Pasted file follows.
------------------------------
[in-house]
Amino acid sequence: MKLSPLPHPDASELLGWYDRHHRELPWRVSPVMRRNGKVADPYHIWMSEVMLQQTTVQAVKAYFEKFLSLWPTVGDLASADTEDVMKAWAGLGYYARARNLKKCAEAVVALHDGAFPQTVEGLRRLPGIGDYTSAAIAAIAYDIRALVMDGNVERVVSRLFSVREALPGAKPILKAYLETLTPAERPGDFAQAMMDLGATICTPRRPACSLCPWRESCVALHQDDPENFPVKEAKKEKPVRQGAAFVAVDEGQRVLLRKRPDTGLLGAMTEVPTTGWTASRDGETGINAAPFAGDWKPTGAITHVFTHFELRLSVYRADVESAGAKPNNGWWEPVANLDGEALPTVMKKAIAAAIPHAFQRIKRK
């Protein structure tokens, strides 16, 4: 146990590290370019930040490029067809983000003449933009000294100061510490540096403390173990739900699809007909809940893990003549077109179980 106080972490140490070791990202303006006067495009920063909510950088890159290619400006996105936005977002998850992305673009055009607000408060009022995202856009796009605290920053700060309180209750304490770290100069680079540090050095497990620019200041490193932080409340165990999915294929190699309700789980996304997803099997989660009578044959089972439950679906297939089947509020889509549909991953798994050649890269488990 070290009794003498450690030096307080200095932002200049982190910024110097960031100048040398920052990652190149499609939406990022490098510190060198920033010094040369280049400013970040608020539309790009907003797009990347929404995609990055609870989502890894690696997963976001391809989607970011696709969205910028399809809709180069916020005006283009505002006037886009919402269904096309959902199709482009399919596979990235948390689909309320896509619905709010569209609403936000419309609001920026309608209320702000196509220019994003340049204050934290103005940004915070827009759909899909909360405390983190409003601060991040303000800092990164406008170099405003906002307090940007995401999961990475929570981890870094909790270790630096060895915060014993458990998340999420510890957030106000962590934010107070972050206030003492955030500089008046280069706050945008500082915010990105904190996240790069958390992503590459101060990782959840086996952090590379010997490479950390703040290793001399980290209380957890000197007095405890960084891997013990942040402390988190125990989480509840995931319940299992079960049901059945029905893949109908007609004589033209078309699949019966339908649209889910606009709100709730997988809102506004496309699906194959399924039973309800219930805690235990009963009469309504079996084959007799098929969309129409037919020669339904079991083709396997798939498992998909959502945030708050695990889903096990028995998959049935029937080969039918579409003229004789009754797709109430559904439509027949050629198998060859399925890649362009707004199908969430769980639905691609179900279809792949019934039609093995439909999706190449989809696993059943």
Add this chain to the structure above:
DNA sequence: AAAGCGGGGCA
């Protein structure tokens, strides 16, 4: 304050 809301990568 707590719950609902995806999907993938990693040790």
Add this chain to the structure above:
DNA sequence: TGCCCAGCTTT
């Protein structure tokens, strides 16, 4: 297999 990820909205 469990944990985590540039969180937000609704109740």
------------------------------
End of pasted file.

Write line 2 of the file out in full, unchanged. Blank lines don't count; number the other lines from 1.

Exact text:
Amino acid sequence: MKLSPLPHPDASELLGWYDRHHRELPWRVSPVMRRNGKVADPYHIWMSEVMLQQTTVQAVKAYFEKFLSLWPTVGDLASADTEDVMKAWAGLGYYARARNLKKCAEAVVALHDGAFPQTVEGLRRLPGIGDYTSAAIAAIAYDIRALVMDGNVERVVSRLFSVREALPGAKPILKAYLETLTPAERPGDFAQAMMDLGATICTPRRPACSLCPWRESCVALHQDDPENFPVKEAKKEKPVRQGAAFVAVDEGQRVLLRKRPDTGLLGAMTEVPTTGWTASRDGETGINAAPFAGDWKPTGAITHVFTHFELRLSVYRADVESAGAKPNNGWWEPVANLDGEALPTVMKKAIAAAIPHAFQRIKRK